Saturday, October 5, 2013

A Christian's Ultimate Dilemma

Here's a guest post by my friend (everybody's friend), Jeff Gerke

Okay, let's be honest here. How many of us who call ourselves Christians are utterly righteous in our minds? It seems to me that we all live a double life, one in which we talk the Christian talk (and, hopefully, walk the Christian walk), but on another level, our minds are thinking entirely...other...things.
Not very nice things. Downright mean things or selfish things or fearful things or lustful things or jealous things or greedy things or scandalous things--even illegal things. Thoughts that would get us in trouble with our friends, pastors, spouses, bosses, or even the police.

Maybe I'm oversharing here, but I find that I'm fully capable of humming a Christian worship song while simultaneously sinning. I surprise myself sometimes that I'm able to have both parts going on at the same time. You'd think I'd have to shut off the one to do the other, but it seems I'm quite capable of having both in hand at once.

You should see my journal. You'd be shocked at what I lay out before God. (That's why I password protect it!)

This state of affairs bothers me. I've been a Christian for 32 years--graduated seminary and been on staff at a church. I'm confident in my faith walk with Jesus. Now, wouldn't you think that someone like that would be purified in heart by now? Yet I find that my inner voice is both sacred and profane. I am simultaneously capable of compassion and holiness of thought and deed AND of a calculating sort of...un-Christian thought and deed that would surprise you.

The sort of thing that Christian men tell each other on the last night of a men's retreat. And, I assume, that Christian women tell each other...sometime.

My question is whether this is a bad thing or if it's just a true picture of the Christian mind. We look around us at Christian leaders we respect, and we tend to assume that they are as pure on the inside as they seem to be on the outside. But I suspect that if we were to get to really know them, we'd see the humanness and sinfulness still there.

Certainly we've seen so many "fall." So where did the fall come from? Were they total pretenders from the beginning and never true Christians at all, or were they MIXED, like I am, true Christians who just got too far over to that other side of things?

Maybe it's that Christians are the only ones with something OTHER than that calculating sinfulness in us. Maybe unbelievers have just the one sort of thinking most of the time. So is it a blessing or a curse (in a sense) to be possessed of both minds? At least Christians are CAPABLE of true righteousness. Occasionally.

I'm able to accept my situation as being normative for what Christianity really looks like. I know I'm a real Christian even though I have this whole other LARGE part of my brain that doesn't look like what Christianity is supposed to look like. I'm okay with it. I know God's working in me every day.

But I wish I heard more Christians talking about this, admitting their own dark or impure or uncharitable thoughts. And not just individual thoughts, but continuous thinking from a mind that has both light and darkness in it.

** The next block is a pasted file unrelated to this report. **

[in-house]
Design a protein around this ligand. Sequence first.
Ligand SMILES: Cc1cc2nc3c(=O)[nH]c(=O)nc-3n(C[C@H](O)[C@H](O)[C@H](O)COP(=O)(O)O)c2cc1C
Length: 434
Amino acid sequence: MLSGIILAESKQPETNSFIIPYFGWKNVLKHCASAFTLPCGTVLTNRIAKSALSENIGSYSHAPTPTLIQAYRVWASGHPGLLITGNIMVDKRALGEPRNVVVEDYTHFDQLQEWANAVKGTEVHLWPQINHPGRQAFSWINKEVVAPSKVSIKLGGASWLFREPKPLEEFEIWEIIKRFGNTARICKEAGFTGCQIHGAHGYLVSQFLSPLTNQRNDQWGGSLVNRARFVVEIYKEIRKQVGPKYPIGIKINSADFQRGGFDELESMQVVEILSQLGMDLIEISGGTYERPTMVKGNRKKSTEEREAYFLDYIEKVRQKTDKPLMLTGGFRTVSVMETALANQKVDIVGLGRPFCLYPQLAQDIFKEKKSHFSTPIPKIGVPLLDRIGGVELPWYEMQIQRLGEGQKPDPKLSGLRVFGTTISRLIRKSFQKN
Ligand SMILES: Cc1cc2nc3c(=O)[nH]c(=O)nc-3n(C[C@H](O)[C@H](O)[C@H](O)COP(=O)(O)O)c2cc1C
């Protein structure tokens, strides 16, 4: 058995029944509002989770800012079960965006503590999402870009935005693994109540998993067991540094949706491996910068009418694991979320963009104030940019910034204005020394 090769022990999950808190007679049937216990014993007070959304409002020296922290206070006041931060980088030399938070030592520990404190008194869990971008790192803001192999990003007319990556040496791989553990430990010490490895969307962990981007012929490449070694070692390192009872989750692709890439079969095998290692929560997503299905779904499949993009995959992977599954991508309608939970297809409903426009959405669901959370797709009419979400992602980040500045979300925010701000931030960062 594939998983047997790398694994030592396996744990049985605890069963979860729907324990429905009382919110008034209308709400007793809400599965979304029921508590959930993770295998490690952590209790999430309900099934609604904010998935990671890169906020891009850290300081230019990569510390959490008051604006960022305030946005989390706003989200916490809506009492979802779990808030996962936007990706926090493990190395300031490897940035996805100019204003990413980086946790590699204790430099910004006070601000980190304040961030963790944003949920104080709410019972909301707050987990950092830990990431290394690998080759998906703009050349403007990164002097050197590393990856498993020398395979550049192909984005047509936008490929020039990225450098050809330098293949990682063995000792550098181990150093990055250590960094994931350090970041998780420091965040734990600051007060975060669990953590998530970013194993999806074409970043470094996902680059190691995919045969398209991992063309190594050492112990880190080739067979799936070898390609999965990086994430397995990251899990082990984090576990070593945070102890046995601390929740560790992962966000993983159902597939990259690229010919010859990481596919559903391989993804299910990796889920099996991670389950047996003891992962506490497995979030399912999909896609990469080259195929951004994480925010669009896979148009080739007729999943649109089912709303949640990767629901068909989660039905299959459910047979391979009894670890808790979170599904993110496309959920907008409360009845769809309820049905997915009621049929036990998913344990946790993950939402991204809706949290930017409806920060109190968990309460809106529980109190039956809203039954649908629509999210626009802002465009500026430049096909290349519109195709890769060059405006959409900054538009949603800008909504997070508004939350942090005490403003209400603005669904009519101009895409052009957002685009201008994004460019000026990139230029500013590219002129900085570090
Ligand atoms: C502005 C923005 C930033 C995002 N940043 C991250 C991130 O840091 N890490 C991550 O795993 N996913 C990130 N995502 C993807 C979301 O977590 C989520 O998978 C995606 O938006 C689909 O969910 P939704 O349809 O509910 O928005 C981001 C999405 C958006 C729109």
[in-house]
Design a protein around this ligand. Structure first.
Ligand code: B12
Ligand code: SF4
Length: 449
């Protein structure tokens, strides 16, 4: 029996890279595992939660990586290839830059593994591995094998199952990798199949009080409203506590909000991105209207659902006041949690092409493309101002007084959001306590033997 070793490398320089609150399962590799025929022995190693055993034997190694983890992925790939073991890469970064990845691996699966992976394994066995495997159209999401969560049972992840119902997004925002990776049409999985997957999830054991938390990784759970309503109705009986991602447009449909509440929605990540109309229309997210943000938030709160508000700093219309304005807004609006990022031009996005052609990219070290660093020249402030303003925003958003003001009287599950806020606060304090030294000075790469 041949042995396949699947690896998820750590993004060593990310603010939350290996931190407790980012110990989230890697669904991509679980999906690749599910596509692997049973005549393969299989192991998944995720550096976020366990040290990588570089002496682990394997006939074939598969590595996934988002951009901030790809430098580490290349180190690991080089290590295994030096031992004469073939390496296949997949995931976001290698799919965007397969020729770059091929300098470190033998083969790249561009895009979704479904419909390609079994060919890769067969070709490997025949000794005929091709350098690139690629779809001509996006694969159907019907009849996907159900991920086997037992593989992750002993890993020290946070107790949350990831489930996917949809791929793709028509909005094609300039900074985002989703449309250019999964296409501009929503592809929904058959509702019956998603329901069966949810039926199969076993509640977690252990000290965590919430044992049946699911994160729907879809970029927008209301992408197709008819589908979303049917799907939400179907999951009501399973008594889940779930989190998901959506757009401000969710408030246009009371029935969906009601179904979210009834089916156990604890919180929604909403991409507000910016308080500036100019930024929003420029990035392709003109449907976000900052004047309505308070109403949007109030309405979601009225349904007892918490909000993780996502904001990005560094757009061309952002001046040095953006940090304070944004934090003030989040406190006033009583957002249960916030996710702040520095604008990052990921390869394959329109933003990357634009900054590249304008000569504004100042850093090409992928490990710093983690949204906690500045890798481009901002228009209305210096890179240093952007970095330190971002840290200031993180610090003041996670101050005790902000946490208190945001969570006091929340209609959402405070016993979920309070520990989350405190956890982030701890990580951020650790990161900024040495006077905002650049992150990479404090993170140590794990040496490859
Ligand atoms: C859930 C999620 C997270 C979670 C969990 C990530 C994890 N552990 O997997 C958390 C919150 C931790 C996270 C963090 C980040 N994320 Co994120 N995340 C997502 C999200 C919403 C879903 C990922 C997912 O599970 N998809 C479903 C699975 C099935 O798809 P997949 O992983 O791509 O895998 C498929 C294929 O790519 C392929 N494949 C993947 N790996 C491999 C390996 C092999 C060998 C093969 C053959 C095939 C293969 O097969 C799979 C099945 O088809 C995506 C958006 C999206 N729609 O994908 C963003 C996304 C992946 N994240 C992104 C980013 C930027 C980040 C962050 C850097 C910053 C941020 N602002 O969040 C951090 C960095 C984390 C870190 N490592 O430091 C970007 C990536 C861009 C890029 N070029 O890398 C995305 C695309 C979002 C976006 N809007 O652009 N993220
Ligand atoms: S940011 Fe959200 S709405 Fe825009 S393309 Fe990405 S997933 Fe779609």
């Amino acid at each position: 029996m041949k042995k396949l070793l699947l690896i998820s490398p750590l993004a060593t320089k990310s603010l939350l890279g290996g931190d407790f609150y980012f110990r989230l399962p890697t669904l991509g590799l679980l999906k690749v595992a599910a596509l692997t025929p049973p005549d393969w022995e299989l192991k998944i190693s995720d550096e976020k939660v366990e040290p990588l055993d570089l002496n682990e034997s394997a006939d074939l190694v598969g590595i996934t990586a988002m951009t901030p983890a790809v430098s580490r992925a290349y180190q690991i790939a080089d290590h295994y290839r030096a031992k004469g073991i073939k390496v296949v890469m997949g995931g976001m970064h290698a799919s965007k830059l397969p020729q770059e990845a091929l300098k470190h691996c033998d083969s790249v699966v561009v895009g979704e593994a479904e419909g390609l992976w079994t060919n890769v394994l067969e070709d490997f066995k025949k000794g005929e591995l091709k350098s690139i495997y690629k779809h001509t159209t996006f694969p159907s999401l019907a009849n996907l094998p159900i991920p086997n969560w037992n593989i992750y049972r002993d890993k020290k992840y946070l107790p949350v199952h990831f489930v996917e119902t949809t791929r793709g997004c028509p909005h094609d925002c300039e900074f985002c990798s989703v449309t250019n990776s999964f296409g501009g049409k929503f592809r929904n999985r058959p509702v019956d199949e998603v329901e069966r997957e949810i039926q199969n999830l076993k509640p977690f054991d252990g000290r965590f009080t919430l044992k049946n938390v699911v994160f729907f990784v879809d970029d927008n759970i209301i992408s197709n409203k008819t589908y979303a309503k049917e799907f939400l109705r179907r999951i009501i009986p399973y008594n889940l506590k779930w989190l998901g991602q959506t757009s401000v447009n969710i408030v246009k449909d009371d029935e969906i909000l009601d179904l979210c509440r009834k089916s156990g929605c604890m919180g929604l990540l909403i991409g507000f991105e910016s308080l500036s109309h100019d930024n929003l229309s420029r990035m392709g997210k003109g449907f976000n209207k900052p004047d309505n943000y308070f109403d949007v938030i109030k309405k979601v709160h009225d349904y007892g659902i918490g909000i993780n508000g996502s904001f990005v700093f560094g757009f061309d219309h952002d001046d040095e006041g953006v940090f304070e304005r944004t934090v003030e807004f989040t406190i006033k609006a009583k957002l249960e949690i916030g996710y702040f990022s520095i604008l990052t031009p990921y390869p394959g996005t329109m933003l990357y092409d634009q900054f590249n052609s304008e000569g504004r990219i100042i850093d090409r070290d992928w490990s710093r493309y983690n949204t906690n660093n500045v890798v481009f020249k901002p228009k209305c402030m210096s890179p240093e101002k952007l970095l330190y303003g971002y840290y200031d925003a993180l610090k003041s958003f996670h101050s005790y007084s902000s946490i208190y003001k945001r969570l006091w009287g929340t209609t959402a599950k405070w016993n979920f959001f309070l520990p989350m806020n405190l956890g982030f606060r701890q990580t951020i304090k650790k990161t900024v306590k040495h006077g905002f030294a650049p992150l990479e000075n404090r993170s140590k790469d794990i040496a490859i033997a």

Personally, I think many Christians are in a form of bondage over this. We're led to believe that we should be as shiny pure on the inside as we say we are on the outside, and when the reality is that we still have all those "other" thoughts, we condemn ourselves. We succumb to the voice of shame. We redouble our efforts and our prayers and our spiritual disciplines to try to make the inside line up with the outside. And ultimately we fail. Rinse. Repeat.

How wonderful, how FREEING, it would be for Christians to accept that this BOTH/AND situation is normal and to accept themselves in their mental plurality. To understand that it's not only OKAY but NORMAL for a Christian to be capable of both mercy and murder, of love and lust, and that it's only the Holy Spirit in His very, very long sanctification process that can make a change. Our efforts only slow things down.

And to accept that probably we'll be on our deathbeds still thinking holy and heinous thoughts at the same time.

Don't you think a wider honesty and openness about this would be a healthy thing? Or are we too scared to "go first" in case others say, "What? I'm not like that at ALL. What's wrong with you?"

Well, I just went first.

So those are Darth Jeff's thoughts.  Comments anyone?


Karla Akins said...

Well said. And yes, we're all sinners in need of a savior and we all have thoughts we shouldn't think. I get frustrated with my impatience at times. I think I'm walking well when *poof* something happens to show me just how inadequate I am and completely in need of a Savior I am.

We are indeed taught to confess our sins one to another and THAT is where Christians truly fail. We are afraid of being judged by other Christians which is not as it should be at all.

I think Christians are hard on one another. Too hard.

I could go on for hours on this subject because I'm a firm believer in GRACE. Some of us suffer for our sins more publicly than others. And just because we haven't been "caught" in our thoughts or other sins (for we sin daily) doesn't mean we are in as much need of that grace as the prisoner sitting in a cell. Just because you don't get caught doesn't mean you're not guilty. Just sayin'.

Great post.

Ginny Jaques said...

I totally agree, Karla. I hate my impatience. It's especially strange that I only really feel it with my husband. I should be gracious to him, above all others, yet he's the hardest one for me to be patient with. (Especially since he's getting old and hard of hearing! I, on the other hand, seem to get younger and more beautiful every day.)